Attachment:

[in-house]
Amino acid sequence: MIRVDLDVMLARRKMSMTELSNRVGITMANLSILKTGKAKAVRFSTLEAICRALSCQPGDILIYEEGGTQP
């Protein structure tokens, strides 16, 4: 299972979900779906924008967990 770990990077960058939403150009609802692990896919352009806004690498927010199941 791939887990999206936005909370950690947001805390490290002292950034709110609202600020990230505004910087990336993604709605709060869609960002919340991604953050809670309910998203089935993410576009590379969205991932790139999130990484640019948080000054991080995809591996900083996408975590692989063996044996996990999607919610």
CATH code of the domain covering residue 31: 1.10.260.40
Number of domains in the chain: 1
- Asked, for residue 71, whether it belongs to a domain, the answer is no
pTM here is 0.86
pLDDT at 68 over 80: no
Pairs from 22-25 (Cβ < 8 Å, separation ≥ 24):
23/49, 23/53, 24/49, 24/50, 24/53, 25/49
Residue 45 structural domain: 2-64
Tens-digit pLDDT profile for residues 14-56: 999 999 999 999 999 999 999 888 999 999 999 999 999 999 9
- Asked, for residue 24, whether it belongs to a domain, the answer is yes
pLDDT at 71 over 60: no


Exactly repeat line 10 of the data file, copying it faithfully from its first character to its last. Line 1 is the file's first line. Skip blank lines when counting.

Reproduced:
23/49, 23/53, 24/49, 24/50, 24/53, 25/49